Electronically delivered SBIs vary widely in length, therapeutic intensity, design, and populations targeted, and systematic reviews have arrived at different conclusions about their overall efficacy [22-26]. A recent meta-analysis of 19 randomized control trials found e-SBI resulted in a similar reduction in weekly alcohol consumption as face-to-face brief intervention (BI) . A brief (<10 minute) single-session e-SBI known as THRIVE has proven efficacious in New Zealand and Australian college students [28,29] and includes alcohol-use assessment and feedback based on the 10-item Alcohol Use Disorders Identification Test (AUDIT) . THRIVE’s potential causal mechanism has been described as motivational enhancement through the provision of self-focused and normative feedback [31,32].
Because of THRIVE’s proven efficacy in young adults, the current study adapted its web interface and programming logic [29,33] for use among OEF/OIF veterans based on feedback from VA and non-VA alcohol experts and local and national OEF/OIF veteran experts who were interviewed after reviewing the THRIVE website (Table (Table1).1). The resulting e-SBI (http://www.DrinkCheck.org) used a briefer alcohol screen, the 3-item AUDIT-C (consumption questions only) questionnaire [11,34] because of the availability of normative AUDIT-C data from VA outpatients. DrinkCheck was equally as brief (<10 minutes) and included 12 web pages (Table (Table1).1). This qualitative study used semistructured interviews to explore a small sample of OEF/OIF veteran patients’ experiences with, and opinions about, DrinkCheck.
Changes made to THRIVE in developing DrinkCheck are outlined in Table Table1.1. In brief, DrinkCheck assessed frequency and quantity of alcohol use (Figure (Figure1A)1A) and assigned participant alcohol risk to one of four categories based on AUDIT-C scores, estimated weekly alcohol consumption, and the greatest number of drinks per day or occasion. Participants were provided brief feedback on their level of risk (Figure (Figure1B),1B), and, if participants reported heavy episodic drinking (≥5 drinks per occasion for men and ≥4 drinks per occasion for women), they received normative feedback that compared their drinking to that of age- and gender-matched VA outpatients based on AUDIT-C data from outpatient surveys (2004–2007) . Additional personalized feedback was offered as well (Table (Table1).1).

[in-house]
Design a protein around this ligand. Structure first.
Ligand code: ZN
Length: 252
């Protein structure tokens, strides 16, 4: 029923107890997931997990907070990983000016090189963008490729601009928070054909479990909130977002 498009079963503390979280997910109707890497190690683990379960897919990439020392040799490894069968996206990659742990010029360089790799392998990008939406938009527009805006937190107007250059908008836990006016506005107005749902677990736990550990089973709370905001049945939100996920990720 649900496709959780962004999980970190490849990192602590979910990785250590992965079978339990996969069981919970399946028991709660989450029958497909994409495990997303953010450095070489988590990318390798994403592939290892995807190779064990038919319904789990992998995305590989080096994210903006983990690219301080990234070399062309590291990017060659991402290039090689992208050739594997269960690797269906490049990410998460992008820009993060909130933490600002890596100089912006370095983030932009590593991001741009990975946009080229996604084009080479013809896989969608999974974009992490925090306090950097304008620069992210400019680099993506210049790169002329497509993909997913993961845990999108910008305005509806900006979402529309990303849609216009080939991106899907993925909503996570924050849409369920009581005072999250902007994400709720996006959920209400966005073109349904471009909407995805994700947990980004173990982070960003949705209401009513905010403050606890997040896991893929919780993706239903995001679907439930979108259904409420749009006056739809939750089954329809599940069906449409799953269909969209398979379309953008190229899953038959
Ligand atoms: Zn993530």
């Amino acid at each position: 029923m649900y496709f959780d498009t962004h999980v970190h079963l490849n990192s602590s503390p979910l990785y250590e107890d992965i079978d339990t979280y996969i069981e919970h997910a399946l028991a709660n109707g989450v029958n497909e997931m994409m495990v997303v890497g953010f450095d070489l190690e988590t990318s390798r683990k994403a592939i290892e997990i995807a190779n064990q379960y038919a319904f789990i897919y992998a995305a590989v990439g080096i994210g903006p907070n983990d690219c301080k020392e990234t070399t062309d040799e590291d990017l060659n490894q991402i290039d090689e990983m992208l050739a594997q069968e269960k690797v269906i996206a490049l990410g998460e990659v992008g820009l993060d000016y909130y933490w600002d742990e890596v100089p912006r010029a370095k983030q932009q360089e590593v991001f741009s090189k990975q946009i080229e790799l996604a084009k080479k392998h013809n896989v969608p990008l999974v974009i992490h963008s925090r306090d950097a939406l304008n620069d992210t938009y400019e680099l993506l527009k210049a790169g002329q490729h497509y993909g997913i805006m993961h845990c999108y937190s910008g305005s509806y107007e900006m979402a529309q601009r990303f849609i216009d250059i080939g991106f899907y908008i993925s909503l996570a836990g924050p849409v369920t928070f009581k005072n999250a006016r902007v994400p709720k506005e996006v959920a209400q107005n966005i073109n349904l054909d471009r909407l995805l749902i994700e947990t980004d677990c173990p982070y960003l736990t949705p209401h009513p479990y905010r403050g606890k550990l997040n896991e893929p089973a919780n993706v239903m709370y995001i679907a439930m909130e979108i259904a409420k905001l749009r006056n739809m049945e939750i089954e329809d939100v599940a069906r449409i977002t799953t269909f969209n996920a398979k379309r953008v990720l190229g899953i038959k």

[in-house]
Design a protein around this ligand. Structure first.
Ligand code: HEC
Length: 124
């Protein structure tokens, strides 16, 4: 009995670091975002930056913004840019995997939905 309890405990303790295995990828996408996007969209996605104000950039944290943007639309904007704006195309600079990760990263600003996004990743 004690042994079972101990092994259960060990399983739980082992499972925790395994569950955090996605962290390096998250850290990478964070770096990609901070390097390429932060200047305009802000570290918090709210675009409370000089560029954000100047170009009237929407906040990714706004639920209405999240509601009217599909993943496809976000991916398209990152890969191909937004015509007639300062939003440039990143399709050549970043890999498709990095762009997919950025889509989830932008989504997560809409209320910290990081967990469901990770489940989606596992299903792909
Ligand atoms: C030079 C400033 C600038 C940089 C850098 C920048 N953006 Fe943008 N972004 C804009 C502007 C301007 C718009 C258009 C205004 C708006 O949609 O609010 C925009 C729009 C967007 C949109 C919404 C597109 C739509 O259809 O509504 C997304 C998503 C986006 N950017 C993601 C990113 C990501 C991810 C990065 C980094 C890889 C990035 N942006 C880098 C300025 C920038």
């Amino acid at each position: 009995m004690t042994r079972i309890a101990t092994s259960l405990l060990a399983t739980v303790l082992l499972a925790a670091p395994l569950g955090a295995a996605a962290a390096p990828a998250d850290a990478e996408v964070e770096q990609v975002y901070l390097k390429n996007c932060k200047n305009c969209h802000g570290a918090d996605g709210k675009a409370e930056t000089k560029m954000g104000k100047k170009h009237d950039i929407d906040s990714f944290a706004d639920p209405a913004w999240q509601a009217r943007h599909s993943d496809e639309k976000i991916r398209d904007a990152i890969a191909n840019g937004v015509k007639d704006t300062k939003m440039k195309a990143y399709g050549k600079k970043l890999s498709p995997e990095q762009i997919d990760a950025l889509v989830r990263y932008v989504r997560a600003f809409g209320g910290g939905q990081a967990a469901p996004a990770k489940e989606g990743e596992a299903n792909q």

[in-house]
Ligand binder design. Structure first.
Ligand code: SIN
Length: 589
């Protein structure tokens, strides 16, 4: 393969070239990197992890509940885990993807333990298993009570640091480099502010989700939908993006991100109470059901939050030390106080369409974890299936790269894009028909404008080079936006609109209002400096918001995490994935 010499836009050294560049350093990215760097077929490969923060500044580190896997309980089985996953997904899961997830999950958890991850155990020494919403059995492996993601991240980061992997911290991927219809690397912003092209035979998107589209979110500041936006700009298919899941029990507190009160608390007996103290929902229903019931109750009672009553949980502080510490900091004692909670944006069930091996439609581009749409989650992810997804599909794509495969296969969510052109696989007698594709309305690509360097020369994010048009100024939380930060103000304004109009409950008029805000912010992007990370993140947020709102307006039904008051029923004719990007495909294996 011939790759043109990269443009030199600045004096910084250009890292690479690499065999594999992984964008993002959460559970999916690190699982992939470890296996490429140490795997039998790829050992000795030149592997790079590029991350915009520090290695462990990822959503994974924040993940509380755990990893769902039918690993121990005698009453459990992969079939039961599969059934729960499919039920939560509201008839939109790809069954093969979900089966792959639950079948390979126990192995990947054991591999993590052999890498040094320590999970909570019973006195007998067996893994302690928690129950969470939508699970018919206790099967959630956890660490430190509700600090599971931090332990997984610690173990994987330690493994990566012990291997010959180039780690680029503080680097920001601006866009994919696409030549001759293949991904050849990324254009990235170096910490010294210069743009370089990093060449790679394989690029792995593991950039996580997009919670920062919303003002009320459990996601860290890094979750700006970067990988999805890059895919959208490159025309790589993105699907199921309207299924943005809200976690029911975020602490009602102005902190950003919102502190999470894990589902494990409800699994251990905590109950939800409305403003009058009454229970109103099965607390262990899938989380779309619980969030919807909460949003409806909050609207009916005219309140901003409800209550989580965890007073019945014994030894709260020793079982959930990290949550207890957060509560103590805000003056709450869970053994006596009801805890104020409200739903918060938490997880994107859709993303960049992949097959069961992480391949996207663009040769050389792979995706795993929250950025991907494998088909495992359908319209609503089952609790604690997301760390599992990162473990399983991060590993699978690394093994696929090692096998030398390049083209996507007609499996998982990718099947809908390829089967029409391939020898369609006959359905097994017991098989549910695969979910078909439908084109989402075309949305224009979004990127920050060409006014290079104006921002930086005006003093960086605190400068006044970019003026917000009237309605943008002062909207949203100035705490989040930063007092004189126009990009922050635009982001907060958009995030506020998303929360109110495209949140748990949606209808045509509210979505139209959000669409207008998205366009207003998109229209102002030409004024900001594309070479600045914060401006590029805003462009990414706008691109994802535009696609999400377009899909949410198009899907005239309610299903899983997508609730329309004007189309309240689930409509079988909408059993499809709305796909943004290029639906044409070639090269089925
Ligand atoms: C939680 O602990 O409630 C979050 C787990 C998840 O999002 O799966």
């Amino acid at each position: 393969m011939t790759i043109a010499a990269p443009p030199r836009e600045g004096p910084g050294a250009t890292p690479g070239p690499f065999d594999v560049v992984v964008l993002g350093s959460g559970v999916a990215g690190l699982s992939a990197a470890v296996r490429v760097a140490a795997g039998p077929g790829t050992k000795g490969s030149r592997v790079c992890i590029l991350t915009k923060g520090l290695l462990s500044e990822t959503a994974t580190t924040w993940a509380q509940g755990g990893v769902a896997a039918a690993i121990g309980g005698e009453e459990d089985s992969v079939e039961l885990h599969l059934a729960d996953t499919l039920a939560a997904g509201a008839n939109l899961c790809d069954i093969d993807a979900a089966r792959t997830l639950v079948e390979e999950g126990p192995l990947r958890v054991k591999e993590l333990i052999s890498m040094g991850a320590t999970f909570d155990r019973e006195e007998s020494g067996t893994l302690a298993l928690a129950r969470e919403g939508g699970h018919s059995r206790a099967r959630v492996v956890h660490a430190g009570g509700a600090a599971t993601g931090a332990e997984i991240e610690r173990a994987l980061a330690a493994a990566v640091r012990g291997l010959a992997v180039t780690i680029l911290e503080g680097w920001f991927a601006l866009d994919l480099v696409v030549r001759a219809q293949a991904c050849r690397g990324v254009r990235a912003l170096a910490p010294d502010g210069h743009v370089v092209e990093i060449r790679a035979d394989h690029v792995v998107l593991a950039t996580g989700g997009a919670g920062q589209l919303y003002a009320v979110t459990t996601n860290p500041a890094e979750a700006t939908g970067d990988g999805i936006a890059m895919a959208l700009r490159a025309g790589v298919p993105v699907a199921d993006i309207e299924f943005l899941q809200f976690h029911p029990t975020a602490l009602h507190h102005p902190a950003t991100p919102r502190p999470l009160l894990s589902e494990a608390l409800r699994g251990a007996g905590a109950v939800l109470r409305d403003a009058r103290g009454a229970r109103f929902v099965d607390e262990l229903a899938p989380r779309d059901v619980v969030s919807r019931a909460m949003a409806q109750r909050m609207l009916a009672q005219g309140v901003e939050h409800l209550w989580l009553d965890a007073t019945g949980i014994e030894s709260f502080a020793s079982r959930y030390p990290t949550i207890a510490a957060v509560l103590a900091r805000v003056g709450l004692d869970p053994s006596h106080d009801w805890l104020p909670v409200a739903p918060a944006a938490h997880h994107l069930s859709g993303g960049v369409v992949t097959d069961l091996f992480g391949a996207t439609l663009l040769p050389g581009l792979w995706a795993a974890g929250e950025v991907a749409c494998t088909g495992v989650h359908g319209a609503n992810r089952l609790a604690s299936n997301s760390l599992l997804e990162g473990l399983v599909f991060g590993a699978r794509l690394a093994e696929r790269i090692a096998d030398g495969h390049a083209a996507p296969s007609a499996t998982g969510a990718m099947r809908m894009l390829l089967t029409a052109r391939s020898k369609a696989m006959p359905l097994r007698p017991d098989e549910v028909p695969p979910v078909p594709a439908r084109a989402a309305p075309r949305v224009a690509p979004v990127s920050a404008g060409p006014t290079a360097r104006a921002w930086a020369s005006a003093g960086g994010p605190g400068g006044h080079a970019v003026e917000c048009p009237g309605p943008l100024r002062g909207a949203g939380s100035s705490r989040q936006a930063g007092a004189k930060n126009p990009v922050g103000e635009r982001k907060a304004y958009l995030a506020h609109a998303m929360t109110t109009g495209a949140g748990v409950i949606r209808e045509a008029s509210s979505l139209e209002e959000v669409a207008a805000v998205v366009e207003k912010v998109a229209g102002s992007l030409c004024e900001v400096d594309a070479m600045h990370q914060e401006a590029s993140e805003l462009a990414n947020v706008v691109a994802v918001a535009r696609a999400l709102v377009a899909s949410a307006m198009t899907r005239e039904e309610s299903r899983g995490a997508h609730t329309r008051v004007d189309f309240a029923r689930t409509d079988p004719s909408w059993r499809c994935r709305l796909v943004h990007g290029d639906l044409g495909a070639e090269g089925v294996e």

A convenience sample of patients attending the Deployment Health Clinic (DHC) of a single large urban VA medical center was approached in the waiting room and asked to participate in a study of a short anonymous web-based alcohol-use assessment and feedback program for returning veterans. Interested patients completed a brief eligibility survey and were eligible if they were OEF/OIF veterans and reported drinking alcohol on three or more days in the past week. Patients were excluded if they were pregnant or demonstrated major cognitive impairments on the Mini-Cog assessment instrument . Eligible patients were offered US $20 in compensation for pretesting the DrinkCheck and completing interviews. The VA “rapid-response” research program that funded this study did not allow studies of 10 or more veterans; a larger sample would have required review by the US Office of Management and Budget and delayed results [37,38]. Therefore, enrollment was limited to nine subjects. Patients provided verbal consent, and the study received approval and waivers of written informed consent and Health Insurance Portability and Accountability Act (HIPAA) authorization from the VA Puget Sound Health Care System Institutional Review Board. To prevent participant identification due to the small sample size and ensure participant confidence in their privacy, minimal demographic information was collected.